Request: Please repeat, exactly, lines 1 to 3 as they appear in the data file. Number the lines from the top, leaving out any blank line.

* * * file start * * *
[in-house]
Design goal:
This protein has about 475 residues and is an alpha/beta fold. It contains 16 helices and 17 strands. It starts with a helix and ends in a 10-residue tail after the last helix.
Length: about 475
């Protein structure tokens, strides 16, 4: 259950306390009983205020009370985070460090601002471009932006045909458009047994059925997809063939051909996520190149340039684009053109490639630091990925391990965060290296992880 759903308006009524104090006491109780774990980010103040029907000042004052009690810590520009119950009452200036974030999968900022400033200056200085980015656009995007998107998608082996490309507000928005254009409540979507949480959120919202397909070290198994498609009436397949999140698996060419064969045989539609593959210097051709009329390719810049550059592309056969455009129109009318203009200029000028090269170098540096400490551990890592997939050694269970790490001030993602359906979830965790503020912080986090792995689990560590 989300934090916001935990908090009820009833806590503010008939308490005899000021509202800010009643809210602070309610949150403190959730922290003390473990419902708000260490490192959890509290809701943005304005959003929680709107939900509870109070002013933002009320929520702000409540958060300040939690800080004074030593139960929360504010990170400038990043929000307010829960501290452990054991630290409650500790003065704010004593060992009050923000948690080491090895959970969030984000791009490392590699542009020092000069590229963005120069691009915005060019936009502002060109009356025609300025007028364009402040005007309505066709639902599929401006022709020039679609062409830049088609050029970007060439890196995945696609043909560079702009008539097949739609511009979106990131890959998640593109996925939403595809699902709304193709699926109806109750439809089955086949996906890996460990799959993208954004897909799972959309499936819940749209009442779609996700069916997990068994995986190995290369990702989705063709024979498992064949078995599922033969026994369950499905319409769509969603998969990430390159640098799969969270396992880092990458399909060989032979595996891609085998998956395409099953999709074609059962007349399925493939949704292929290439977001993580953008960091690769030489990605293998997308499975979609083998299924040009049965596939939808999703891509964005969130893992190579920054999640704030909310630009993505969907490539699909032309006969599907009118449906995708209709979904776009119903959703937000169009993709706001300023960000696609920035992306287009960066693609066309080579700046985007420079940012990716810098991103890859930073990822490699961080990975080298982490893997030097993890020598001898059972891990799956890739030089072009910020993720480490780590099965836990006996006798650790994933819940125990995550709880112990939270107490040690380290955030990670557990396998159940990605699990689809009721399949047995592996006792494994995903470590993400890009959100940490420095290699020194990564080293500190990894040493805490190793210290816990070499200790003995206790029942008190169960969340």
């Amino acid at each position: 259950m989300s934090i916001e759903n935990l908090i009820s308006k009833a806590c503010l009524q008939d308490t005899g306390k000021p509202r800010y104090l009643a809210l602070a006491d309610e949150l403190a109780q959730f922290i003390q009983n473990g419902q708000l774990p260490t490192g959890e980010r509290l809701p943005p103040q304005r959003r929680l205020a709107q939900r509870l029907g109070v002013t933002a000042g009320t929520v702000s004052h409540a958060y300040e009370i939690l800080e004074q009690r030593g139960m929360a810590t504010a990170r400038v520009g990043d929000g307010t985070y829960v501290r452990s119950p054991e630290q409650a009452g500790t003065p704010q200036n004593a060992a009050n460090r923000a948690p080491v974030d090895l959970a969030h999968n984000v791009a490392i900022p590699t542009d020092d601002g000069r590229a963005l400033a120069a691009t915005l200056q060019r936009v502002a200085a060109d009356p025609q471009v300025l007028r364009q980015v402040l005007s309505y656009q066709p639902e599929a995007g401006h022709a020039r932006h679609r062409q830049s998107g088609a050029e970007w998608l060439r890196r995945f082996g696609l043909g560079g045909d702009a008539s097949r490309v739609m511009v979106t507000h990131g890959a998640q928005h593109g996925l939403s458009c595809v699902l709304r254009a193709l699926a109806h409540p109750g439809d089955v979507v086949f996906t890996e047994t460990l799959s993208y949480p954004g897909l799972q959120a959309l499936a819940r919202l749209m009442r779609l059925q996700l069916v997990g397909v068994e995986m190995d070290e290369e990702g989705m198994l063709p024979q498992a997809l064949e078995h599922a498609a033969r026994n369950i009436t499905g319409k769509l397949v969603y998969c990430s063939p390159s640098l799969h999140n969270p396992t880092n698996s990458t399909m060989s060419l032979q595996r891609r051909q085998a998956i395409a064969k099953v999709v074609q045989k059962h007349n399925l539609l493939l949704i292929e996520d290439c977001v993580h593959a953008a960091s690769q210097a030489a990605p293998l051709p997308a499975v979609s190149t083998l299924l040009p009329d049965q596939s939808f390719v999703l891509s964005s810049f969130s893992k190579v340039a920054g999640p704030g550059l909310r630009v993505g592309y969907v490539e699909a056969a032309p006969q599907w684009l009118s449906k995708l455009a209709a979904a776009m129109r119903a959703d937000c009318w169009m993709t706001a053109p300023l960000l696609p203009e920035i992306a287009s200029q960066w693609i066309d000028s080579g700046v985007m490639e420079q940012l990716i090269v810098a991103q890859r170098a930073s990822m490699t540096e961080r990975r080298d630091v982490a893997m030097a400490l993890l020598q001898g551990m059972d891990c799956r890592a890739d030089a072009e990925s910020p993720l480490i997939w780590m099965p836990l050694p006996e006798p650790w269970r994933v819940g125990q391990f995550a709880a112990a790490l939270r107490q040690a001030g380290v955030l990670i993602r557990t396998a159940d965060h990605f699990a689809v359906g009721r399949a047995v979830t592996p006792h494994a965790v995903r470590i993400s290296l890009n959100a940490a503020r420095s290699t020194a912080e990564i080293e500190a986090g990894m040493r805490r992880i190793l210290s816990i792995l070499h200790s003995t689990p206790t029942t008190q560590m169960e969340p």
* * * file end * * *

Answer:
[in-house]
Design goal:
This protein has about 475 residues and is an alpha/beta fold. It contains 16 helices and 17 strands. It starts with a helix and ends in a 10-residue tail after the last helix.